Chocolate Milkshakes On The Brain

A woman savors a milkshake. i i

A woman savors a milkshake. iStockphoto.com hide caption

itoggle caption iStockphoto.com
A woman savors a milkshake.

A woman savors a milkshake.

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Scientists say they've discovered one reason overweight people eat more than they need to — and find it so hard to stop: Obese people don't appear to get as much pleasure as they expect from tasty treats.

The report, published in the Oct. 17 issue of the journal Science, involves some high-tech brain scans, some fancy genetic tests —and some chocolate milkshakes.

"There are very few things that excite the brain as much as chocolate," says Eric Stice of the Oregon Research Institute and the University of Oregon.

That makes chocolate just the thing to shine a light on the brain's "reward system" — the circuits that light up when people eat or drink something that tastes good. Chocolate milkshakes are ideal for the purpose, because the yummy flavor can be squirted through a straw while volunteers' heads are clamped into an MRI scanner. That yields images of brain blood flow, identifying which parts of the brain are responding to a stimulus — in this case, the taste of the milkshake.

Stice and his colleagues looked at how the brains of 77 young women responded to the milkshakes. Some women were lean, some obese, and some had a gene variant that makes them less sensitive to dopamine, a chemical central to the pleasure response. So they don't get as much pleasure out of food as others.

About 30 percent of people are thought to have the gene variant. And researchers know from previous research that they have about 40 percent fewer receptors that register the presence of dopamine in the brain.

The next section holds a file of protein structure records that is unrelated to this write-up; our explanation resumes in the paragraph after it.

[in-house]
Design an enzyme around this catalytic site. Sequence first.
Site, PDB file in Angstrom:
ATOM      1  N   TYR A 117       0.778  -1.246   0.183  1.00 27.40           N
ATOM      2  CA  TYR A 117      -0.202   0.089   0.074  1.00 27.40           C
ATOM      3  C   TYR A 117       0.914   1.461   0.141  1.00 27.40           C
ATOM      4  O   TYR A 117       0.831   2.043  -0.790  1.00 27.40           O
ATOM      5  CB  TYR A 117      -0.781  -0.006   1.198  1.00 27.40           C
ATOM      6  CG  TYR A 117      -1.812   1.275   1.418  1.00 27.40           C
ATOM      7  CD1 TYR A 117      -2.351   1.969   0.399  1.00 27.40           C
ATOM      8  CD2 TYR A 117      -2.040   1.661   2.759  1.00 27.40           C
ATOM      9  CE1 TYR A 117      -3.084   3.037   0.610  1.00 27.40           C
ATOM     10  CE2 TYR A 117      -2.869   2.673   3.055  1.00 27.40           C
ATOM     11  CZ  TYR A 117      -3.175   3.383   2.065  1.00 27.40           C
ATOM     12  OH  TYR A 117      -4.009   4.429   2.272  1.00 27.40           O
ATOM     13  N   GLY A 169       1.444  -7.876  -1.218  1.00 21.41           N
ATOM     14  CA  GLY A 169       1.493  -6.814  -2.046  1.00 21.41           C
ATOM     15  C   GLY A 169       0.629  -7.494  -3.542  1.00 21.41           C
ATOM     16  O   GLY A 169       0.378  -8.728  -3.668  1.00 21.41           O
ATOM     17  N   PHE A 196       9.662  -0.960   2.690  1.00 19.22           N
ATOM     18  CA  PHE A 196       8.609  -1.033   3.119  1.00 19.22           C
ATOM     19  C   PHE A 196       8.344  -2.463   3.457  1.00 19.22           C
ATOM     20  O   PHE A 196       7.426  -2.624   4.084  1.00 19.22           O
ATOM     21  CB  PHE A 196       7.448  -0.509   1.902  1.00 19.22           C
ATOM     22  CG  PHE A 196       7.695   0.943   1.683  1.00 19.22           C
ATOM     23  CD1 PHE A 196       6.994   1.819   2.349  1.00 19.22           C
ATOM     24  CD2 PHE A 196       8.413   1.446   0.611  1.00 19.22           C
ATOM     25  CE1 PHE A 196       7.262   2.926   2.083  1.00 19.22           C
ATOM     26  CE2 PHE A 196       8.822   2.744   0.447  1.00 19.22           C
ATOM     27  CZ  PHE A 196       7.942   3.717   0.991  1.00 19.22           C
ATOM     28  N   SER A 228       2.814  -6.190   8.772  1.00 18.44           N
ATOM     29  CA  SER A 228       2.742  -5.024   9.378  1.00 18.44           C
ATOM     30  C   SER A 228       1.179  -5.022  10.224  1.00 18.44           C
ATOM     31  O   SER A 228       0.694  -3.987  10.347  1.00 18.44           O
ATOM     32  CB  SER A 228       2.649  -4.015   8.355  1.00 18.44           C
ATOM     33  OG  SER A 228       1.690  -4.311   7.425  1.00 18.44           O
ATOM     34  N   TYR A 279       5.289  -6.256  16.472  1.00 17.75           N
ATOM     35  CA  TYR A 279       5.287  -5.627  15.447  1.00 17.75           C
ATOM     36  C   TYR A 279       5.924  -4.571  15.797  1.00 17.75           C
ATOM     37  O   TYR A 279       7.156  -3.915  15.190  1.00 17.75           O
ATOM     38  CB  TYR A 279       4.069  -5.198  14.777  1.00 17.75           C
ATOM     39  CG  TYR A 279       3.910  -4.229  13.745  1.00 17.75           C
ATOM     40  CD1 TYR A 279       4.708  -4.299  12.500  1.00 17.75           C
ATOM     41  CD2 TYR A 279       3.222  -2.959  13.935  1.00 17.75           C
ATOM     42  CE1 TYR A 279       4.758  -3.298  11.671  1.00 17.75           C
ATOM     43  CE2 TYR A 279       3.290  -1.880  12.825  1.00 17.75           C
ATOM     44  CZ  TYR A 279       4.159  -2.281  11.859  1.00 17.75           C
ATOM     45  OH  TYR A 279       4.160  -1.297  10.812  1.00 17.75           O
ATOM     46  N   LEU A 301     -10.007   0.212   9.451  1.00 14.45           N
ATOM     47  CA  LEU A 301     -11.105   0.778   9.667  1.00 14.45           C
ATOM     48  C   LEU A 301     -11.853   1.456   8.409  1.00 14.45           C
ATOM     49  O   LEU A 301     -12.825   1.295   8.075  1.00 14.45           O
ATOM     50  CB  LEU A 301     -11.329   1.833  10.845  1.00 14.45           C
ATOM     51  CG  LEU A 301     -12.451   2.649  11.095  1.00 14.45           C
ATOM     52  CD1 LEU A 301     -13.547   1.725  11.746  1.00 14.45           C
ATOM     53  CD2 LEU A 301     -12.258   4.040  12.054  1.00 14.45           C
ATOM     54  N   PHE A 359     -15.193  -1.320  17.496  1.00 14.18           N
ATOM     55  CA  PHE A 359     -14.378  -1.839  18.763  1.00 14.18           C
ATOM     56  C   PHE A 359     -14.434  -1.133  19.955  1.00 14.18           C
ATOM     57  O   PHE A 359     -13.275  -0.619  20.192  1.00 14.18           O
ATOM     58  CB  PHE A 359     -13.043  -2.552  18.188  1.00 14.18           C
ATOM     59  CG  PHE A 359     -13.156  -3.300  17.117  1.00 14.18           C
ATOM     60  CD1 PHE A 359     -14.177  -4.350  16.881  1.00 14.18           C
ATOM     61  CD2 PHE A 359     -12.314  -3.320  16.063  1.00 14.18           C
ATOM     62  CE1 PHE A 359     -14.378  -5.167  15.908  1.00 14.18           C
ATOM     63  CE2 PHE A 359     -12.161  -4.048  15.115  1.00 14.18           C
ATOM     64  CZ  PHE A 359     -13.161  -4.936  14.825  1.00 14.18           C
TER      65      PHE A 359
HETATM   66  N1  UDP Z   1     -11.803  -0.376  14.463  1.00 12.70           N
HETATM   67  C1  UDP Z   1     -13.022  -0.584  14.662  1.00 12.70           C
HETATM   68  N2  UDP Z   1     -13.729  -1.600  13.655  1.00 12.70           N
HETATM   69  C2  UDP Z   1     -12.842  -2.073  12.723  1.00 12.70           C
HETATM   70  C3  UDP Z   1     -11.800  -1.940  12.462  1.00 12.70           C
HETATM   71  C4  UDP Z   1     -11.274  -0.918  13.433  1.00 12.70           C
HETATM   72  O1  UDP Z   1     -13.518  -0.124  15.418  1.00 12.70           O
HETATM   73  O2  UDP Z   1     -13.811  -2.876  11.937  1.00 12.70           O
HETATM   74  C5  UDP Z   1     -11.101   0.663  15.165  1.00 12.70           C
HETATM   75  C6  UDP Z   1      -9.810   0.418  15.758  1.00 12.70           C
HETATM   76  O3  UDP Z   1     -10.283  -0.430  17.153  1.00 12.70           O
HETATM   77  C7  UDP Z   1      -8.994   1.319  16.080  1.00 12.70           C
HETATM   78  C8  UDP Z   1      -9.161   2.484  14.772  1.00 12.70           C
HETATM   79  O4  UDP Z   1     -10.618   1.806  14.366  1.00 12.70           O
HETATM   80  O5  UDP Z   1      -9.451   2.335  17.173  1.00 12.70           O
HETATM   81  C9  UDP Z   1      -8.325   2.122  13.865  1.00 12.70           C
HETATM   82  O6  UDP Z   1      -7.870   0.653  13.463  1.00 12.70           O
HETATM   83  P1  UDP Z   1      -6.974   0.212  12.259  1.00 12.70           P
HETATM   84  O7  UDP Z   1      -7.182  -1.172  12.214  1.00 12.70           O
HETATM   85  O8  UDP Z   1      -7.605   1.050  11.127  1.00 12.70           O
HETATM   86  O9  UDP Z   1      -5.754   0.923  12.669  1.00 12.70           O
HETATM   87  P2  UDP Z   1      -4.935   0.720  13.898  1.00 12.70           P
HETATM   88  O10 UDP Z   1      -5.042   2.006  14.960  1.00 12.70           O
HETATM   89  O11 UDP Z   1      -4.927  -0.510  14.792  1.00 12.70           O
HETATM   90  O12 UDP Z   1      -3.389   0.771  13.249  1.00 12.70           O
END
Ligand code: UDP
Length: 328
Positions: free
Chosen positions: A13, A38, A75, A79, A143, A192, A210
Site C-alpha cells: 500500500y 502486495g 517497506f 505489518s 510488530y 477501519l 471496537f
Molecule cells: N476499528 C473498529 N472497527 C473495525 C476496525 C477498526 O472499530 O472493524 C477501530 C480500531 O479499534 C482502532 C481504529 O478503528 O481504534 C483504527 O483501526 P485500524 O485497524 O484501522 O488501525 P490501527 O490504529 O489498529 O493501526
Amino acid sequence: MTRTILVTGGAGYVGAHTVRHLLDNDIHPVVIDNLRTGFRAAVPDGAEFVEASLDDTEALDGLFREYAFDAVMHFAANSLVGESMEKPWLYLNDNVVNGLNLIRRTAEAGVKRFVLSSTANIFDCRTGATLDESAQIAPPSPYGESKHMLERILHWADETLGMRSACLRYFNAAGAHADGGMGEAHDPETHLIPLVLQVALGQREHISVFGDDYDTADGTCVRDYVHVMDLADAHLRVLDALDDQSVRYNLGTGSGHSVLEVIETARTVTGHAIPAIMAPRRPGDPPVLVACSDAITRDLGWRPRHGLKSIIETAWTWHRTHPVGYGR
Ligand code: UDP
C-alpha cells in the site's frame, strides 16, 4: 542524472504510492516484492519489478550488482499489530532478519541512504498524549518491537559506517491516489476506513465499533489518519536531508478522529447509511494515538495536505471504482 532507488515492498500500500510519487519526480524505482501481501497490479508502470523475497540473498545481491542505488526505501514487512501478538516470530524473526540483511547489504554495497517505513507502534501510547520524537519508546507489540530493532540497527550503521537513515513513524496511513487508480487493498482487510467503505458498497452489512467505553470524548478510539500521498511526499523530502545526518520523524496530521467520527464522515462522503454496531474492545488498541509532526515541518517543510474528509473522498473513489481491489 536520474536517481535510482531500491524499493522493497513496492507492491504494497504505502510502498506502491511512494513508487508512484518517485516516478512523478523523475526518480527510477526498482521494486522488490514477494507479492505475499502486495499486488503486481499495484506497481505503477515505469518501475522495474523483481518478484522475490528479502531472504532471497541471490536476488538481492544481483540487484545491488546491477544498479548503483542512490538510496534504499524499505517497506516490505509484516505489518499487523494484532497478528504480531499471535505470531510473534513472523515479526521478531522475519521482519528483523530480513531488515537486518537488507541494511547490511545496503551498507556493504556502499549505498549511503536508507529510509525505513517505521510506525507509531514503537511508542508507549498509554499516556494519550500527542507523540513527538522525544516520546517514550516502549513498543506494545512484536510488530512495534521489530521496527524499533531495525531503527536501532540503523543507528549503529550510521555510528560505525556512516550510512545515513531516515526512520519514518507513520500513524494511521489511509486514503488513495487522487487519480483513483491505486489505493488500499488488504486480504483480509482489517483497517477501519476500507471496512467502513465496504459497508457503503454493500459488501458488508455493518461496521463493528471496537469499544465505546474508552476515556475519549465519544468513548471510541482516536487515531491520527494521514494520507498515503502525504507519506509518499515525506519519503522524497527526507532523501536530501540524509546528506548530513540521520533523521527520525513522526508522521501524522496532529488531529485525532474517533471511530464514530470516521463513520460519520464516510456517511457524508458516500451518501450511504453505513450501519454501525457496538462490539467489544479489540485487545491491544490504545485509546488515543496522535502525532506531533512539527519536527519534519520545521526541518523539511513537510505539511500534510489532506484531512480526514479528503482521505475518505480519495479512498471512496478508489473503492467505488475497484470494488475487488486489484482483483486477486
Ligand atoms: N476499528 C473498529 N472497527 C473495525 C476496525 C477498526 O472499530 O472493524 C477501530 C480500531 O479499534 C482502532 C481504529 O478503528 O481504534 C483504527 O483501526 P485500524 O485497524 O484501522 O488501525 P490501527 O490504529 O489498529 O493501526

The researchers found three important things:

• When obese women ate food, they had a "blunted" dopamine response in the brain's reward center compared with lean people.

• This low response was amplified among women who had the gene variant that results in fewer dopamine receptors.

• A year after the brain scans, women with the gene variant had put on more weight than women without the gene.

These findings run counter to the popular notion that overweight people love to eat and get more pleasure than others out of rich treats like ice cream. The Oregon researchers say that idea is only half true.

"If you look at the brain response when people are about to get the milkshake, obese individuals show greater activation of the reward circuitry, not less," Stice says. "So, ironically, they expect more reward but seem to experience less."

The Pleasure Gap

Kent Berridge of the University of Michigan studies how the brain responds to food — and the anticipation of food. He calls the new research exciting because it helps explain the difference between "wanting" and "liking."

By "wanting," Berridge means craving something: the anticipation of something delicious. "Liking" refers to the pleasure that comes from actually tasting it.

The Michigan scientist says the role of dopamine in appetite has long been a puzzle. There's evidence that dopamine suppresses appetite — think of the appetite-killing effects of amphetamine diet pills, which stimulate dopamine release. But there's also evidence that dopamine can stimulate overeating.

The Oregon research suggests how dopamine can play both roles. It increases craving, or the anticipation of eating something good, in obese people. But it blunts their enjoyment of eating it.

Stice sees direct parallels with other addictions, such as smoking and illicit drugs. He thinks obese people overeat to compensate for the mismatch they experience between their strong cravings and the reduced enjoyment they get.

Training The Body

The best way to avoid this vicious cycle, he thinks, is to develop healthy eating habits — before pleasure responses get blunted by overeating.

"Don't get your body used to eating really high-fat, high-sugar foods, because it'll be really hard to stop," Stice says.

He thinks it's best to do this when you're young. If you're already obese, the new research may have other implications.

If you're trying to give up chocolate, for instance, Stice thinks that "eating just a little bit of chocolate every day is not the way to go. It's better to stop eating chocolate and say, 'That's the healthy improvement I'm going to make in my diet.' And after a month or maybe six weeks, your craving for chocolate will finally go down and stay down."

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